Records are set to 'fall like dominoes' across Canada

Caroline FloydMeteorologist

Summer 2019 was, perhaps, most memorable across Canada for being forgettable. Average heat, average rain -- most of the summer's weather didn't stand out.

Well, make way for the fall.

The new season's temperamental nature is about to make itself felt across the country. Significant weather records -- nearly from coast to coast -- are in jeopardy for the end of September and the beginning of October.

With weather record traffic about to get heavy, we check out where the old records are clear to proceed, and where we may be stopping for an update.

Visit our Complete Guide to Fall 2019 for an in-depth look at the Fall Forecast, tips to plan for it and a sneak peek at the winter ahead


Through the weekend, overnight lows are expected to drop to the freezing mark in the Okanagan as an upper-level trough digs south with Arctic air. While the Okanagan will rebound during the day, the same can't be said further east.

Cranbrook's highs will struggle to reach the mid-single digits through the weekend, and there's the real risk for a new all-time September low to be set by Monday. The current record September low for Cranbrook is -6.9ºC, from an exceptionally frosty September 22, 2000.


Across the Rockies, Calgary and Lethbridge will undoubtedly be feeling the chill (more on that, below), but their chances for new records are iffy. With that said, Calgary's only had 14 days on record with highs below freezing, and we're looking at what will be possibly the coldest September high in the city since the 1970s.

Further north, Red Deer's record should be safely in the green, despite overnight lows dipping to near -5ºC.

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But it's not just the temperatures that will feel wintry.

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Long-time residents of Alberta are no strangers to September snowfall, but the storms ahead for the last days of September stand to pack a wallop even by Alberta standards.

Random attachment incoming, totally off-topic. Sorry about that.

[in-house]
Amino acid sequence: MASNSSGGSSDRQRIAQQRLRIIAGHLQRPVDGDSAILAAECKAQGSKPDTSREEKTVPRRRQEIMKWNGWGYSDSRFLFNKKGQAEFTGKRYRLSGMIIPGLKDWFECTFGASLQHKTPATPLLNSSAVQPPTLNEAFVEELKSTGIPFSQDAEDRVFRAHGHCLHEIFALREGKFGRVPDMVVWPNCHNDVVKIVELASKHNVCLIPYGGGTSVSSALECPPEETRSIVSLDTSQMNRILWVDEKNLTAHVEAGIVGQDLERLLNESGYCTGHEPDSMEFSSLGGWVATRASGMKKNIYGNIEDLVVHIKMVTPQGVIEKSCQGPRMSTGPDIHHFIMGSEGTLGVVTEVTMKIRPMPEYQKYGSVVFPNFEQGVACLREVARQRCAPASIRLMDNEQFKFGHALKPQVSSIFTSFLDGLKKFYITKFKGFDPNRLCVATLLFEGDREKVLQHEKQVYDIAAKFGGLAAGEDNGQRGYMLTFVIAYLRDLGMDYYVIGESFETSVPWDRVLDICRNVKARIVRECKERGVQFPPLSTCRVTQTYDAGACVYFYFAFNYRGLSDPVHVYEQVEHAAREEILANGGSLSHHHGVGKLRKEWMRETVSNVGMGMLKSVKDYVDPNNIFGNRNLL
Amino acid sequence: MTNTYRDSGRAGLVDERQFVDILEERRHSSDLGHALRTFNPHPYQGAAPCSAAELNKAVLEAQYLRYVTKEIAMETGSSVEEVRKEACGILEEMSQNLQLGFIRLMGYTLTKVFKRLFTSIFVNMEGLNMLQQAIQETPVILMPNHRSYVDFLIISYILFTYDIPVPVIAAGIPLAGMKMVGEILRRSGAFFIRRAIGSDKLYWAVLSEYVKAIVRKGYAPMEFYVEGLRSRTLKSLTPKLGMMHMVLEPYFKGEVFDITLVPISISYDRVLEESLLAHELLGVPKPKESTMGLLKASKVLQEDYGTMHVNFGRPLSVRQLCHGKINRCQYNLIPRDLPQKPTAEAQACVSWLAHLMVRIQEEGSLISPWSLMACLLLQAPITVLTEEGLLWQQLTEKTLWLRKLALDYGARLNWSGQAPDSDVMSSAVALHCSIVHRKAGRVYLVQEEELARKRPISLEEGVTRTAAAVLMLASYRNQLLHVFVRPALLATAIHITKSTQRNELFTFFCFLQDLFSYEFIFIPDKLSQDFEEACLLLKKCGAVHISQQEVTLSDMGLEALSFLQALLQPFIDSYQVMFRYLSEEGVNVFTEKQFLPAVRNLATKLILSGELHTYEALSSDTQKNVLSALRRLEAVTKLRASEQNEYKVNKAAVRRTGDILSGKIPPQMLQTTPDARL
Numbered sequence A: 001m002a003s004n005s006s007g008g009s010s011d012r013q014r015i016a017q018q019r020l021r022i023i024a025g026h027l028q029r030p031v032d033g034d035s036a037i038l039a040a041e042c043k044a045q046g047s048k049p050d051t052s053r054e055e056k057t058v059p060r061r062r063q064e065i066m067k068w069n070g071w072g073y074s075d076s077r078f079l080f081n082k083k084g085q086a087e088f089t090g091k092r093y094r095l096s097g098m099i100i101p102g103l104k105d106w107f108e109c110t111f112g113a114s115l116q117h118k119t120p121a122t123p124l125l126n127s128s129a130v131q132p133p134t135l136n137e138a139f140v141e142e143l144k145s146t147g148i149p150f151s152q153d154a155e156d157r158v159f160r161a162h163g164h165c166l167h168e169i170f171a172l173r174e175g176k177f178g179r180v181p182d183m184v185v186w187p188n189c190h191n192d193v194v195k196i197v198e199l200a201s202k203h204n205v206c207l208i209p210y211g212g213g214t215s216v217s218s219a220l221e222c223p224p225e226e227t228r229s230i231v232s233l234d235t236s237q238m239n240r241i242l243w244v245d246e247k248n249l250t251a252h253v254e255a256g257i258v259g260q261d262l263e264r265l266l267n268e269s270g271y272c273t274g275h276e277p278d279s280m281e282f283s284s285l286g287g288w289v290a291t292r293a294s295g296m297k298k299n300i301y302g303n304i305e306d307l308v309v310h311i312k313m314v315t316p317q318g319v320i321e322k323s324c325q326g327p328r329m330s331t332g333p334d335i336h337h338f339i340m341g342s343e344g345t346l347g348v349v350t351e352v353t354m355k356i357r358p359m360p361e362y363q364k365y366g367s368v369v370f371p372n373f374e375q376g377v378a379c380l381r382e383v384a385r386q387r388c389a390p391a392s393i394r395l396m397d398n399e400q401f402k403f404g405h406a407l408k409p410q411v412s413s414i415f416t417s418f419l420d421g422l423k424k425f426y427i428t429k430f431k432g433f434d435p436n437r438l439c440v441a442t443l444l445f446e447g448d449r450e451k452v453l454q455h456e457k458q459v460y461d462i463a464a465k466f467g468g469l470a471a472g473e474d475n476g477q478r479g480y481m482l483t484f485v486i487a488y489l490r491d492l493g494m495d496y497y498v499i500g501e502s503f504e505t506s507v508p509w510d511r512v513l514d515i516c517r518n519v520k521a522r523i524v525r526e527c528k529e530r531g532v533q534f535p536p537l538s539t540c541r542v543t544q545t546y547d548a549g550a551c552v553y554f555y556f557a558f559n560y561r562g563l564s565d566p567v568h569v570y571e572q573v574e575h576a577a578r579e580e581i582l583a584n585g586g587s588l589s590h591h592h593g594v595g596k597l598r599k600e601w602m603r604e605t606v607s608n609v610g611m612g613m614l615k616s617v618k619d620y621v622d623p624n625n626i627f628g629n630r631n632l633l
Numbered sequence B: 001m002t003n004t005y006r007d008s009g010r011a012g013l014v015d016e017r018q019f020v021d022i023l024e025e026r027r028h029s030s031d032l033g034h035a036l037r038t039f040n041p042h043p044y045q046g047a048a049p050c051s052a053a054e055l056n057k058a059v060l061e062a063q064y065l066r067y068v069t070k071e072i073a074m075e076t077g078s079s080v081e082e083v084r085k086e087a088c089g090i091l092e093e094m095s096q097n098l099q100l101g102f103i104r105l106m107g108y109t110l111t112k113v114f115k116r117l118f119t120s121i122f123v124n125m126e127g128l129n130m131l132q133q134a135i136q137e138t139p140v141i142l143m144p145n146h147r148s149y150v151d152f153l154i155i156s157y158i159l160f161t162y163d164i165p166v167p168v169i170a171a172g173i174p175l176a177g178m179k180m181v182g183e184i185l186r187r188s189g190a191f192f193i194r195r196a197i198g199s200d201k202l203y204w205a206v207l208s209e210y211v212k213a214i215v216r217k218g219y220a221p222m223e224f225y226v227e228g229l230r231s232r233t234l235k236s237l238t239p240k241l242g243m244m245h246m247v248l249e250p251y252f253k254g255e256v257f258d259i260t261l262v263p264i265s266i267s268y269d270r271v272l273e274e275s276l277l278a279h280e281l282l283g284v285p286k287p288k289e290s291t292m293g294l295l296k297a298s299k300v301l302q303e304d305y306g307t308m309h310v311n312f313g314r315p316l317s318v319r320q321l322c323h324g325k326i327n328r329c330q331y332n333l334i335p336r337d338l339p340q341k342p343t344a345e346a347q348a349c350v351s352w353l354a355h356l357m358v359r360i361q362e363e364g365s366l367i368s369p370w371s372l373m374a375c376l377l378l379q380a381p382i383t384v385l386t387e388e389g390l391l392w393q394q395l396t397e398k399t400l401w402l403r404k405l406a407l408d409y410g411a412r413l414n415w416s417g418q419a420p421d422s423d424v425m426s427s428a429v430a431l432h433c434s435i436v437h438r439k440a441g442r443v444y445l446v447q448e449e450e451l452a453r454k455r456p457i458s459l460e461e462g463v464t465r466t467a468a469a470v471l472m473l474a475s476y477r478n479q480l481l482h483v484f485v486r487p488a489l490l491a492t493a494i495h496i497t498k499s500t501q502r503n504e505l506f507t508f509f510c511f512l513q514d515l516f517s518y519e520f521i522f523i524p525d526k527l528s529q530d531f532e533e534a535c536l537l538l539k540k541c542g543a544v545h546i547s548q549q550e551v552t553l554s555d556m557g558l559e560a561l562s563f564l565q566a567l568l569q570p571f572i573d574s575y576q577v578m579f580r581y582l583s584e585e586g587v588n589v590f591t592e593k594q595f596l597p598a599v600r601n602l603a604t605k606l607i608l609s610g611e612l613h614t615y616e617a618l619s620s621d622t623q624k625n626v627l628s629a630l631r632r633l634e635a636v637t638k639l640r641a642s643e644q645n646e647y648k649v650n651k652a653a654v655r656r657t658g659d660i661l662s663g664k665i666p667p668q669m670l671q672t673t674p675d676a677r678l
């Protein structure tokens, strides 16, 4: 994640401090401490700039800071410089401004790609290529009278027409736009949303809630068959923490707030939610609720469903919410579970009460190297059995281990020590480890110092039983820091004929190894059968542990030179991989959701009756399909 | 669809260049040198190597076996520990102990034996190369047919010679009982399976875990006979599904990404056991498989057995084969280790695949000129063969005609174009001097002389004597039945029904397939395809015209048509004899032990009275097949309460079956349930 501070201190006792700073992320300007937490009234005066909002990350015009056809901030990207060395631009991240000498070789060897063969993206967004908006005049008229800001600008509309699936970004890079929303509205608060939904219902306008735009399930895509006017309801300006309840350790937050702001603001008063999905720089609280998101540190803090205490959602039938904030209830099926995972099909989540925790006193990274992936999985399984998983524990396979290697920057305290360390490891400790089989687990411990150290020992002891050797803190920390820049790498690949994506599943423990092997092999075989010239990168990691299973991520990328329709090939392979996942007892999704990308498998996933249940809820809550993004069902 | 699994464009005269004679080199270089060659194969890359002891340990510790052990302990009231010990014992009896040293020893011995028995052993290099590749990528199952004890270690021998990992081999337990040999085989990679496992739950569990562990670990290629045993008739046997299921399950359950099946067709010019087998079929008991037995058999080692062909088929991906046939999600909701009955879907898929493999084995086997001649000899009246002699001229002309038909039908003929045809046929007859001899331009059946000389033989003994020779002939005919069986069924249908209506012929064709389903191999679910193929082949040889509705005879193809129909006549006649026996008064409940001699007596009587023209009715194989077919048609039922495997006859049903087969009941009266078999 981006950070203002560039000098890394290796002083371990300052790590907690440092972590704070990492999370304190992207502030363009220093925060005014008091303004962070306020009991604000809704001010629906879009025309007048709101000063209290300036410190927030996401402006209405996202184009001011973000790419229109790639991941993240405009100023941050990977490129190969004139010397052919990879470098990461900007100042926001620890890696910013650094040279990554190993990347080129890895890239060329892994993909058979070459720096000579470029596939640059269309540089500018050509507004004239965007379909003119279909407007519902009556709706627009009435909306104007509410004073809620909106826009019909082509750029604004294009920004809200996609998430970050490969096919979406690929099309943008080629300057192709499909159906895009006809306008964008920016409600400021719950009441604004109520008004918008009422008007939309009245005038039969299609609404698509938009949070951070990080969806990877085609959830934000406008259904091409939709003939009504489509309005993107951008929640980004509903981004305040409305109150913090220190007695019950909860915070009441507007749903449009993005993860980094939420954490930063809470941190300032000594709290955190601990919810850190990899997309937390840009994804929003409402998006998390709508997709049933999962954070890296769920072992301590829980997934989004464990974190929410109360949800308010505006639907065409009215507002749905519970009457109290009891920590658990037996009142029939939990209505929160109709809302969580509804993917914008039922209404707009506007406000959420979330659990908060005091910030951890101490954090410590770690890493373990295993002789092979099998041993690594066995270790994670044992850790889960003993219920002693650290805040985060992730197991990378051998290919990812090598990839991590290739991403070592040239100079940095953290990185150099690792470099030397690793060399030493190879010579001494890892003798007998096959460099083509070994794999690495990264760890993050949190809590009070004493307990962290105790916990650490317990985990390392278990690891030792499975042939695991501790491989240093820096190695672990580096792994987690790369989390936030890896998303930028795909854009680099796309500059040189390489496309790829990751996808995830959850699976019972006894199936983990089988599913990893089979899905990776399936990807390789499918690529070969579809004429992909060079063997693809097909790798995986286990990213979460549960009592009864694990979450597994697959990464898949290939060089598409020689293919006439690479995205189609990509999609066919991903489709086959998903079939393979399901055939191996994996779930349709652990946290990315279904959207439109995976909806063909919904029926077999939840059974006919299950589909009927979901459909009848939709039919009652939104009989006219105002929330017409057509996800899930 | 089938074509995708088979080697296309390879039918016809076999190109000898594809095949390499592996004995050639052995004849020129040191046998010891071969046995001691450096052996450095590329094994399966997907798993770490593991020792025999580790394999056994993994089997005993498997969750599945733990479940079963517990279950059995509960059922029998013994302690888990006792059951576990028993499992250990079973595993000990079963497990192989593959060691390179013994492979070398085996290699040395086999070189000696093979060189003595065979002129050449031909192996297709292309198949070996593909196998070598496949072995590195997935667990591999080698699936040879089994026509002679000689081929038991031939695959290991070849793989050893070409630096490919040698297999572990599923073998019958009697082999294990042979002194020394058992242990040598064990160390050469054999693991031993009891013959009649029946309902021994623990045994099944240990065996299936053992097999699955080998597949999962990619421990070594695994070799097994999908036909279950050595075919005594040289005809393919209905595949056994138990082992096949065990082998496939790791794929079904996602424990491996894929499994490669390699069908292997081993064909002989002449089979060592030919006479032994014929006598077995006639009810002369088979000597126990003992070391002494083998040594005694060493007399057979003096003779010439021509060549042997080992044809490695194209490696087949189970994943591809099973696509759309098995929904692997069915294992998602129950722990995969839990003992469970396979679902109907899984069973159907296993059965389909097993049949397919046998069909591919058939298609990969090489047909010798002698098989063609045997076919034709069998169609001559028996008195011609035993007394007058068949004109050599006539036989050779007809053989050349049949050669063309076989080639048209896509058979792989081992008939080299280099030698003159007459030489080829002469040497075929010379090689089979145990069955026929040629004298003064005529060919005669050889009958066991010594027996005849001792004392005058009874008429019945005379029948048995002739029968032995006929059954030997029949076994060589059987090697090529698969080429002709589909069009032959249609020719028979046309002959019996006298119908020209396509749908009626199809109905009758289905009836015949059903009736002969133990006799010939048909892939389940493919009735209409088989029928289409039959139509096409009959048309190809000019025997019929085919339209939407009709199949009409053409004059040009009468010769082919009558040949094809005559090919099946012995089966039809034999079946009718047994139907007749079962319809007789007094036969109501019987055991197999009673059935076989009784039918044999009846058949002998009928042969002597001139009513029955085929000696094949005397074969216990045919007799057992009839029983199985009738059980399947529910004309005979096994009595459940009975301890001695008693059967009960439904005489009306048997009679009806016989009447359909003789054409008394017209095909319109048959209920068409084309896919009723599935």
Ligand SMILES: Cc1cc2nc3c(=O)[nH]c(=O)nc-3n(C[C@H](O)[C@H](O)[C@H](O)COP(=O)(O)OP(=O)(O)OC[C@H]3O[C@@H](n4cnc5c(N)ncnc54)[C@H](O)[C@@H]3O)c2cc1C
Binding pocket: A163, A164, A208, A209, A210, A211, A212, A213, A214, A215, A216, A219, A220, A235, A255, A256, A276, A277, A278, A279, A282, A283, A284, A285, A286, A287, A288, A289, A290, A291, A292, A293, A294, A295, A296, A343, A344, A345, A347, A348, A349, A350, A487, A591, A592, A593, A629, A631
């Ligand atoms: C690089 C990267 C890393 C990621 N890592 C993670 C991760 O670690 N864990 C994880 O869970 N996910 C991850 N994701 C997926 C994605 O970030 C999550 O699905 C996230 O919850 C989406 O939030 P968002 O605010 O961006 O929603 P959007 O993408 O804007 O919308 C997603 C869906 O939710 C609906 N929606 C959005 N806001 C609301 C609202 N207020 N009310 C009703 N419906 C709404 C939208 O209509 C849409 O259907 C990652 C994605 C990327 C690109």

While the highest accumulations will stay where they belong for this time of year -- in the mountains -- low-elevation snow is also in the forecast, with 10 to 20 cm amounts widespread from the foothills to the Cypress Hills.

Prairie Snow Record

Even with up to 30 cm possible for the extreme southern foothills in just one day, most daily records should be safe here -- in the green across the board.

While Calgary looks to escape the most substantial accumulations, the city is notorious for its sneaky snow. Snowfall would have to top 22.9 cm there to break the city's one-day September record, which stretches back to September 19, 1895.


All that heavy snow comes courtesy of abundant Pacific moisture -- moisture that's leading to some of the wettest Septembers on record for parts of B.C., and as far east as Winnipeg.

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While Squamish, Vancouver, and Winnipeg are all looking at a finish in the top 10, it's West Van that's in the lead with nearly 200 mm so far. Even so, a record isn't a sure thing for this rainy region.



On the flip side of the coin, the jet stream is ready to streak north over much of eastern Canada, with the focus for heat on southern Ontario and Quebec. That's where we'll see most of those old records stopped in their tracks as new values move in to take over.

Ontario humidex

Strong southwest flow may make the first few days of October feel uncomfortably like July in much of southern Ontario. Temperatures are expected to nudge above the 30ºC mark for many, and humidex values will soar even higher.

Since many all-time October records in the region are right around, or just above, the 30ºC mark, if the pattern pans out we'll see a lot of old records -- some that have been in place since the 1940s -- topple.

All in all, fall seems to be off to a tumultuous start across Canada, but will it stay that way? Check out our official Fall 2019 Forecast for the full story.